The closure of front desk facilities at Milford Haven police station was a hot topic at Milford Haven Town Council when councillors grilled Dyfed-Powys Police and Crime Commissioner Christopher Salmon.
Councillors expressed concerns that Milford Haven was inadequately policed, at the full town council meeting on Monday (January 28).
Cllr Eric Harries said: “I’ve had many meetings with the police, and I can assure you that the issue here is the contention that the second largest town in Pembrokeshire is inadequately policed.
“It needs to be reinforced and re-emphasised that a town of this size, with a large concentration of industry, needs more police presence.”
Cllr Harries said that on many occasions he received no answer when pressing the buzzer at the station.
He added: “There is no evidence of any police being there. I’ve done that on a number of occasions and spoke to someone so remote from the area that I doubt they could be sure where the town of Milford Haven was, never mind Hilton Avenue.”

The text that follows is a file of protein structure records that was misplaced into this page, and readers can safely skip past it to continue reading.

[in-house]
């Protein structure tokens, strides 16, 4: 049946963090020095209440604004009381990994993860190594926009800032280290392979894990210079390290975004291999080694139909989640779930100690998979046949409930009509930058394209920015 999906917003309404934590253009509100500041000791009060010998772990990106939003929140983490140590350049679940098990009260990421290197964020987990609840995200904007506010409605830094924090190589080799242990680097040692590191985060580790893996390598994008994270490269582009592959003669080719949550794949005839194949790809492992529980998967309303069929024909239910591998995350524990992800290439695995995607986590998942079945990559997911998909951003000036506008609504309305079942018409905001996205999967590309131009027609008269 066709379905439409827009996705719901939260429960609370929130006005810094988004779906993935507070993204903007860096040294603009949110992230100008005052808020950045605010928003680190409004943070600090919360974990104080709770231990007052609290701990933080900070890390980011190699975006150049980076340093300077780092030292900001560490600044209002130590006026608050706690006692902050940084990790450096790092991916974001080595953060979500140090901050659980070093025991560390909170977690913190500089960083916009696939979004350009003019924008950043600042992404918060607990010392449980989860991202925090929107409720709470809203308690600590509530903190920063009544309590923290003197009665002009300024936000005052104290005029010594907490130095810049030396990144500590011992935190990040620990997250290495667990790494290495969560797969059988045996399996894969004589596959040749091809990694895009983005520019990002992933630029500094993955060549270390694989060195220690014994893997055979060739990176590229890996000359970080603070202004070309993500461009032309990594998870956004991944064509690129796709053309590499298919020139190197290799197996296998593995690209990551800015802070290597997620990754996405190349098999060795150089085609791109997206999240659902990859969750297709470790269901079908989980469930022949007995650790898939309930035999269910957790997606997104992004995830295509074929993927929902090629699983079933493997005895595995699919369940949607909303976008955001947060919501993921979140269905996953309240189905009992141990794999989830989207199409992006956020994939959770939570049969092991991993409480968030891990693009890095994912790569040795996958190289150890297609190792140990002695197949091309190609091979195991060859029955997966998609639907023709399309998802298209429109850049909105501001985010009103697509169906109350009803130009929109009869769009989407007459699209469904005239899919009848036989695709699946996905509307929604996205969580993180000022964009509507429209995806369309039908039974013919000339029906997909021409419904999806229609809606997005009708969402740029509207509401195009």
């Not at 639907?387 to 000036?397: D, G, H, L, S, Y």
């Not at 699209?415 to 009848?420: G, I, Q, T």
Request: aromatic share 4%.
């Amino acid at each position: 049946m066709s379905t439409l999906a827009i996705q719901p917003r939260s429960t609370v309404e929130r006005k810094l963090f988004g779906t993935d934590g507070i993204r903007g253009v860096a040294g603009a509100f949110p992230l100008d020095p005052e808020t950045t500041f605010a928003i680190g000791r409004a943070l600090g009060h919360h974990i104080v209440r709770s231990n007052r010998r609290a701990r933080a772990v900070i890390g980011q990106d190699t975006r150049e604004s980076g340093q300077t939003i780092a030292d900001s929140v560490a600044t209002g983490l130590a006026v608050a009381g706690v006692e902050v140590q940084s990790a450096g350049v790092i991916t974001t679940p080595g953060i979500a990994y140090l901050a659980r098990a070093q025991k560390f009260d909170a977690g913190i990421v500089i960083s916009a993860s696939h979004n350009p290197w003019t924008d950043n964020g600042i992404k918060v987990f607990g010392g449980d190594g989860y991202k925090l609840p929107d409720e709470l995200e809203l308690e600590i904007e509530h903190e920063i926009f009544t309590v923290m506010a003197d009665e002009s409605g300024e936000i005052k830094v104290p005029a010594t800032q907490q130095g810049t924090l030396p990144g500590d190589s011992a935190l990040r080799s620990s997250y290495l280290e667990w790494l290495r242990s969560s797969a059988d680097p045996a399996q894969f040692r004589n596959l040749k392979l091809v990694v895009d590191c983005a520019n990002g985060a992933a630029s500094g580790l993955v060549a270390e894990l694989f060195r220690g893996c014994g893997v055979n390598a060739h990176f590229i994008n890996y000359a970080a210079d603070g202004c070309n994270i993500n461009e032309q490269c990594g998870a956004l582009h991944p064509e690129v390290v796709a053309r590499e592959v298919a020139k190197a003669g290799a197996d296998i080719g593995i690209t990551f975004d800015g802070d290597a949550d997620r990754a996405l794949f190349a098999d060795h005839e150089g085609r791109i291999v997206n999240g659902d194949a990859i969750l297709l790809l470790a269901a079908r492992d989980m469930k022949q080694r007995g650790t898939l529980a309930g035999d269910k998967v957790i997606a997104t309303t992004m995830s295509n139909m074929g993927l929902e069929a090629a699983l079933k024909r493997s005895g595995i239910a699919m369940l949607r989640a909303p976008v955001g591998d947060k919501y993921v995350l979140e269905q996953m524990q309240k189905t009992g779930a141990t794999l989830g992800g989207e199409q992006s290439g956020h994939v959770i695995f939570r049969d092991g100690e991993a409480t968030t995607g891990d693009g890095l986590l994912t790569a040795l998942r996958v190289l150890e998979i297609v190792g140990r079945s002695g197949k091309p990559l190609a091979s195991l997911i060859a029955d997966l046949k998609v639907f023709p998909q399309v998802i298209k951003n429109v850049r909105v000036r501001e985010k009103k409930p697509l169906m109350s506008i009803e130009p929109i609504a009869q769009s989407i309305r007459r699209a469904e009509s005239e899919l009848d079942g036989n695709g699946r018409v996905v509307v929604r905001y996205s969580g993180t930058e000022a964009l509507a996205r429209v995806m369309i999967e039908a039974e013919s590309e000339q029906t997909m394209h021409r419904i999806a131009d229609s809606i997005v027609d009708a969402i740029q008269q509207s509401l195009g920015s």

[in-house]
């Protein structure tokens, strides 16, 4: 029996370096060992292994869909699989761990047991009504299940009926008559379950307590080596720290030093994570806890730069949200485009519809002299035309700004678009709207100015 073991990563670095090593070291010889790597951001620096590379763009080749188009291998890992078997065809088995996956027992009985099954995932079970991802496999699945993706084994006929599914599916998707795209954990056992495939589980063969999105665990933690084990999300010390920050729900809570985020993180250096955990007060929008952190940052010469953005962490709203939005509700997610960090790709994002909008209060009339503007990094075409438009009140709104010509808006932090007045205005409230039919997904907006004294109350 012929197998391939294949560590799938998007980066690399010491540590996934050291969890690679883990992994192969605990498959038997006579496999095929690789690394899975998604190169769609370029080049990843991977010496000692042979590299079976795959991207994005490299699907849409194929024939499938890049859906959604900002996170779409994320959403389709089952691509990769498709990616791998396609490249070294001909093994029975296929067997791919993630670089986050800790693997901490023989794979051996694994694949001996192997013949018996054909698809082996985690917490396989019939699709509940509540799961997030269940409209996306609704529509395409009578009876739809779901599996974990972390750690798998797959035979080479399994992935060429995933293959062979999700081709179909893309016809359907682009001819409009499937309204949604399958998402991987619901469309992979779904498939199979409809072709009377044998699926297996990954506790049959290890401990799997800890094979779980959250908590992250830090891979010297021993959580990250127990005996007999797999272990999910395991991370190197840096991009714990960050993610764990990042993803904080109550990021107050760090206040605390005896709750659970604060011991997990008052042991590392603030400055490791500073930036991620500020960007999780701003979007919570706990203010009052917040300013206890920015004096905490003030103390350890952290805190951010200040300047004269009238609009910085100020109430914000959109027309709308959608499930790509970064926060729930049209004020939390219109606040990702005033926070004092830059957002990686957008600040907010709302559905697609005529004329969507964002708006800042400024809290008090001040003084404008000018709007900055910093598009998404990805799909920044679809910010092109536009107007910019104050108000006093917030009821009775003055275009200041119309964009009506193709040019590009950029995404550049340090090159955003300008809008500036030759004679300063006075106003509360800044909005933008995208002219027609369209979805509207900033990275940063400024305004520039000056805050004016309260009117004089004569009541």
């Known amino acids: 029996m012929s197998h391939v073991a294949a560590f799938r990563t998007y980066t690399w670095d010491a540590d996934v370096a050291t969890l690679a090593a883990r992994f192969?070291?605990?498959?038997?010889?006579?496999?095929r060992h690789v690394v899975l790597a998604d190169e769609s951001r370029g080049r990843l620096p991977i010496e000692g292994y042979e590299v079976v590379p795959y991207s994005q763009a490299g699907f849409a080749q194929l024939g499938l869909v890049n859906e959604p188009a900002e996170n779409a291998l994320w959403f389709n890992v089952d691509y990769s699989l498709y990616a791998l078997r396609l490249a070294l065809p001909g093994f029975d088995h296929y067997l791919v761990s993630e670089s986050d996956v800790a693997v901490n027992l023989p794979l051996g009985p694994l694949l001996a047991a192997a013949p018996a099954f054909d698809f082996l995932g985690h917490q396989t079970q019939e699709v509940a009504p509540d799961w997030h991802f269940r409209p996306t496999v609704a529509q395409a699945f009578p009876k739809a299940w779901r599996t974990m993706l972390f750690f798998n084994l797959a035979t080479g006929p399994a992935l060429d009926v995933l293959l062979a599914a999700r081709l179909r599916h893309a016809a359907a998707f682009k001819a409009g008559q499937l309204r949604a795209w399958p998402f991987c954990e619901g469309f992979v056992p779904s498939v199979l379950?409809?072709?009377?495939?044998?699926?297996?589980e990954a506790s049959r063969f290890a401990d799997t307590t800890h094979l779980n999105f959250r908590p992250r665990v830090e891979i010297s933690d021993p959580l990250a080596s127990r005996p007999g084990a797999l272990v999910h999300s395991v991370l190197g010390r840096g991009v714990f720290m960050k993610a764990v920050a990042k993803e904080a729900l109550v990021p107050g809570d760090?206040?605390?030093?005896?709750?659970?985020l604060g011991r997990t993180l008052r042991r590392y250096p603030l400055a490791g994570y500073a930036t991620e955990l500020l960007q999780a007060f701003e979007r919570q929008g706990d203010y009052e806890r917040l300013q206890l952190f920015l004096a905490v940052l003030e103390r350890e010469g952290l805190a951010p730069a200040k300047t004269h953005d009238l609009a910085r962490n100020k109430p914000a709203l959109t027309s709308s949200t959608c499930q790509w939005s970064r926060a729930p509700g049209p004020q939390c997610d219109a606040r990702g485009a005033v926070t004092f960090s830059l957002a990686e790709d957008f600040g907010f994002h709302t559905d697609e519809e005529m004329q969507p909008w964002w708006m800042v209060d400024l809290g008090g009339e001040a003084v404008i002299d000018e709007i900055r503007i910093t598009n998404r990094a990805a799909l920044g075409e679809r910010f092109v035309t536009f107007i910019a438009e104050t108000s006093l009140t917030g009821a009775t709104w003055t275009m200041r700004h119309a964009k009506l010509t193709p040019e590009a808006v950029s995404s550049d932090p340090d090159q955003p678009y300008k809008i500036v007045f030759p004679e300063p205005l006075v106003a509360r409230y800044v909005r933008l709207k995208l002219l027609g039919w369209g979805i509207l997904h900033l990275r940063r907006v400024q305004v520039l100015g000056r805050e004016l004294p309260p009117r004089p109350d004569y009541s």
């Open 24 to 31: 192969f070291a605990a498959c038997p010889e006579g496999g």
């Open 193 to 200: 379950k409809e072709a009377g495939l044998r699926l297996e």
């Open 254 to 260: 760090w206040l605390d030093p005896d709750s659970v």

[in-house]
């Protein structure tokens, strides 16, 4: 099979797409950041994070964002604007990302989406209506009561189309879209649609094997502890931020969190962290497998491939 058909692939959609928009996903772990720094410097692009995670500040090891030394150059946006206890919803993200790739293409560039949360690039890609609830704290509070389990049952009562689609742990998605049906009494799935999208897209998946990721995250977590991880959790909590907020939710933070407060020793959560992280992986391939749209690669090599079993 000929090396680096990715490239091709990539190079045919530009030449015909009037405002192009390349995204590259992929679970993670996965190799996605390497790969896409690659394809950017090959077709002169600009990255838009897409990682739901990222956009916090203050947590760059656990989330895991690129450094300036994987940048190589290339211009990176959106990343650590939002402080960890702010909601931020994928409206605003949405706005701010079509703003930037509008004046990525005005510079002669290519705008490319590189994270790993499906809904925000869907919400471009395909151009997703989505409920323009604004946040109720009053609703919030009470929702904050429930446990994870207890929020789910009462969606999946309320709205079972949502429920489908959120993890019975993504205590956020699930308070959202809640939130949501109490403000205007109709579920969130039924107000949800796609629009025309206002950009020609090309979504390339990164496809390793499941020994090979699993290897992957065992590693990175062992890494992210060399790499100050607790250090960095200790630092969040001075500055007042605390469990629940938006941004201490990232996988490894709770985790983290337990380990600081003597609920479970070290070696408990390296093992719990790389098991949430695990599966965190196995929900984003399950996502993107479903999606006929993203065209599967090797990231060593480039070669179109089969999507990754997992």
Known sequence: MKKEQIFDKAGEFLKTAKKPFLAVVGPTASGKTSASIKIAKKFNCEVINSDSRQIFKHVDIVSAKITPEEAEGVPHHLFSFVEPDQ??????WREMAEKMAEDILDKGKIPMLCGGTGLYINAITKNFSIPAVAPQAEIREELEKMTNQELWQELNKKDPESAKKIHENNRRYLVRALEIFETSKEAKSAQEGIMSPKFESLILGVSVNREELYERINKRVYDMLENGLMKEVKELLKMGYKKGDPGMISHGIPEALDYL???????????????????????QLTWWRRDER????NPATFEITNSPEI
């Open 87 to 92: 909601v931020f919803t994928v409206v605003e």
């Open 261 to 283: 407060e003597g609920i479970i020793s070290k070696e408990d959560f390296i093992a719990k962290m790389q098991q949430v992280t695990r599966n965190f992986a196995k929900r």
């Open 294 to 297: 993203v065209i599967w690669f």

Mr Salmon said that £27,000 a year was saved by closing the front desk at Milford Haven police station, which on average received eight visitors a day.
He said: I completely take your point, but we must bear in mind that when we have discussions, we cannot get everything we want. Would you rather someone sit behind the desk, or be out on the street in the neighbourhood? That’s the balance that we have to strike.”
Mr Salmon said that the front desk decision, which was “driven largely by cost and how to find savings”, was under constant review.
He added that he will be assessing the effectiveness of mobile police units, and whether joint front desks services - either with the town council, or another public sector business - were really an option for the area.
But he said that the police station itself, which costs £20,000 a year to run, was not under threat because Milford Haven needed an operational police base.
“But as far as the people of Milford Haven are concerned, it’s closed to them," said Cllr John Cole.
Cllr William Elliott suggested introducing a Special Constable volunteering scheme that would allow front desks to stay open.
Mr Salmon said: “I think we have very motivated and capable officers. There is a huge amount of potential in the police, there’s a huge number of ideas about how to provide services, but they are not always heard.
“We’ve gone through the period of slimming down, that process has got as far as it can go. What we now need to look at is what we’re doing, and how to provide it.”